Several children were reported killed and seriously injured in several incidents linked to the detonation of landmines and grenades over the past days
PESHAWAR, 6 June 2021 – UNICEF is deeply concerned by the death of three children, age 10 to 16, who were reported killed in the detonation of a landmine in South Waziristan, one of Khyber Pakhtunkhwa’s Merged Districts (KPMD) along the Afghan border, on Tuesday. Another two children were seriously injured in the blast which took place in the village of Tungi Badinzai in Ladha Union Council.
According to media, a boy was critically injured, and a girl maimed, in two separate landmines explosions which occurred in South Waziristan earlier this week.
On Thursday, three children were reported killed in the explosion of an abandoned hand grenade which they had picked while playing outside their homes in Quetta, Balochistan province. The grenade detonated as they played with it.
“We offer our heartfelt sympathy to the families affected by these horrific incidents and share hopes for the recovery of the children who survived,” said Ms. Aida Girma, UNICEF Representative in Pakistan.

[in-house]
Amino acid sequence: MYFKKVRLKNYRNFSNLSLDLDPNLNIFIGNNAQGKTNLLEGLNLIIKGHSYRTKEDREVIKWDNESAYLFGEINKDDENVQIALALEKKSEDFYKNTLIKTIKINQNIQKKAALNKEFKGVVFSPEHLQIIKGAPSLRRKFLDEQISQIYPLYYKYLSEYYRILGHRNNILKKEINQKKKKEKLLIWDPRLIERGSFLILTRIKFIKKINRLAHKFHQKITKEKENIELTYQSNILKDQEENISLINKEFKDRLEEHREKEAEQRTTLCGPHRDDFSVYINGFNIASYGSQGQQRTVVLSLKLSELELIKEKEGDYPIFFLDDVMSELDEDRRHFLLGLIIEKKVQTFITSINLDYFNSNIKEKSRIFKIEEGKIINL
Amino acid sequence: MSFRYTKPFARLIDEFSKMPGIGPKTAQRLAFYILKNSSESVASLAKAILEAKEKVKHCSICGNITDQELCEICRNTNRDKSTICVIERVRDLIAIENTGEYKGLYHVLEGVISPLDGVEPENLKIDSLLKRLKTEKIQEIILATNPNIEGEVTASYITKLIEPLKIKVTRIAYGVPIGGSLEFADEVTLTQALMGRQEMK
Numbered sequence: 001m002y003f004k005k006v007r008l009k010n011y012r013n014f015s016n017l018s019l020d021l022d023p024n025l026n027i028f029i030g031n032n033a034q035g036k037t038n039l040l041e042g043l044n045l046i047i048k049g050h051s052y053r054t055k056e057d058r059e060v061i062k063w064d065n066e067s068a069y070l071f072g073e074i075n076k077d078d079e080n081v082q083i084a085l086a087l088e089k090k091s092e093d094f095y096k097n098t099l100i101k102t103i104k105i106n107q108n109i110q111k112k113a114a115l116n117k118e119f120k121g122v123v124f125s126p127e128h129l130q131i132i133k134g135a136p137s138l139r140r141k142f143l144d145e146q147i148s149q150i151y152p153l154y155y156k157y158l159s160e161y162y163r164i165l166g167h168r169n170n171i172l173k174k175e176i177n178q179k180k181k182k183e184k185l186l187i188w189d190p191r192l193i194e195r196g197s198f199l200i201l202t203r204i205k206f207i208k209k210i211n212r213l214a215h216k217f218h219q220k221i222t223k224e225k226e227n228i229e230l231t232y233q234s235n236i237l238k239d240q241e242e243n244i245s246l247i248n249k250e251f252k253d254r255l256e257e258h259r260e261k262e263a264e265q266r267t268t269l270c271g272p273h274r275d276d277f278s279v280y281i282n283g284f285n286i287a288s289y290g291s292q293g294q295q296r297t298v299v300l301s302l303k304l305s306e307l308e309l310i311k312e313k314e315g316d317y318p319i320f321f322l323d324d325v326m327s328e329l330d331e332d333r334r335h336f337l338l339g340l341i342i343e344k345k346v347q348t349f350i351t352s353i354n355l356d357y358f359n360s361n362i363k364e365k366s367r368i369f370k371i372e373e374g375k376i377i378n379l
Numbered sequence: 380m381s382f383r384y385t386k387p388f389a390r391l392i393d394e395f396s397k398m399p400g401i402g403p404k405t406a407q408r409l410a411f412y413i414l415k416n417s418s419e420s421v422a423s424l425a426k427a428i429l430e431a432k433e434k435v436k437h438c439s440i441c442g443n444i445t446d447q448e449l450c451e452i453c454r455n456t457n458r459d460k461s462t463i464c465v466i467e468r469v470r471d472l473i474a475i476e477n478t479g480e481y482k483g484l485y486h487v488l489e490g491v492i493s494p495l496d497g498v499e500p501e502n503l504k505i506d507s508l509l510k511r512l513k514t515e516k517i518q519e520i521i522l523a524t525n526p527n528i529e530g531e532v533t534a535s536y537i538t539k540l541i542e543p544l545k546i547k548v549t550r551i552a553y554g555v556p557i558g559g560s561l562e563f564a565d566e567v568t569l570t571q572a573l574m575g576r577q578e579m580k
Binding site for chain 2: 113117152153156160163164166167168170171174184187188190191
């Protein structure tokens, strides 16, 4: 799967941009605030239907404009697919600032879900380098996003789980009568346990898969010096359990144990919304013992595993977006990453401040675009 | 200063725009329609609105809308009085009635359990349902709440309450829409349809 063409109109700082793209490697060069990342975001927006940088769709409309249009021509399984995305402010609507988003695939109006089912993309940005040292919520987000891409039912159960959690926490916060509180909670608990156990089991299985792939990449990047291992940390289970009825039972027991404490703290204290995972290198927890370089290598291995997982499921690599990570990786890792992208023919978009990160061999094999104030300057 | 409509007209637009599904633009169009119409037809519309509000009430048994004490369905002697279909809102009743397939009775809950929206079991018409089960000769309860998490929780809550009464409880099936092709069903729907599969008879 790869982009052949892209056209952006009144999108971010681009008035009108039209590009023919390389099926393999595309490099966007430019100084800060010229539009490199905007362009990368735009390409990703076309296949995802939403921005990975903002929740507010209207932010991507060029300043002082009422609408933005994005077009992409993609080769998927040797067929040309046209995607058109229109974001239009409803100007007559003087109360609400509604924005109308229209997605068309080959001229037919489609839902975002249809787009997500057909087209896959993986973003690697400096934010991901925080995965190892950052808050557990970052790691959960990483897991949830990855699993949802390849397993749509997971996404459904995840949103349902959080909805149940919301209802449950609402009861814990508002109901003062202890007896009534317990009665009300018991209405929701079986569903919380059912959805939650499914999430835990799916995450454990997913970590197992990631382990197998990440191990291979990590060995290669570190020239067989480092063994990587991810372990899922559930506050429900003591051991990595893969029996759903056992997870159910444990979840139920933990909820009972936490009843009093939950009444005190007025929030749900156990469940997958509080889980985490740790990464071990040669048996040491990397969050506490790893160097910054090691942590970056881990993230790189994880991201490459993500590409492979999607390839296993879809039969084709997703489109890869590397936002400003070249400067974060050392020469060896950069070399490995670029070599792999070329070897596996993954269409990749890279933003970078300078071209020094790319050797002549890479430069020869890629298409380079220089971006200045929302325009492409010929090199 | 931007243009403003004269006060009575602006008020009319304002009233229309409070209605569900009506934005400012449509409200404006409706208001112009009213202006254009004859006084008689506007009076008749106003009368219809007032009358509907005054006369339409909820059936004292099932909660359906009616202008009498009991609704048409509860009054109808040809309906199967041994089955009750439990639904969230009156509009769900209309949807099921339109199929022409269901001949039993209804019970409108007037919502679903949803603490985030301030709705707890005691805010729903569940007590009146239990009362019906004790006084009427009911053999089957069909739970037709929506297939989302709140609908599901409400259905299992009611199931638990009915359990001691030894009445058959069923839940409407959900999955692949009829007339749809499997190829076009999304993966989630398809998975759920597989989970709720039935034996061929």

“No child should fall victim to landmines or explosive remnants of war. UNICEF will continue to support the Government of Pakistan in mine risk education to raise awareness on the risks posed by landmines and explosives among children and families living in crisis-affected areas. It is equally important to continue clearing minefields and to rehabilitate and reintegrate those who have survived accidents.”
Children are particularly at risk from unexploded ordnance and landmines, which are small enough to pick up or kick around, and which they can mistake for toys or objects of value. They account for over half of those killed or injured by landmines and other explosive remnants of war globally.
Chief, Advocacy and Communications
Abdul Sami Malik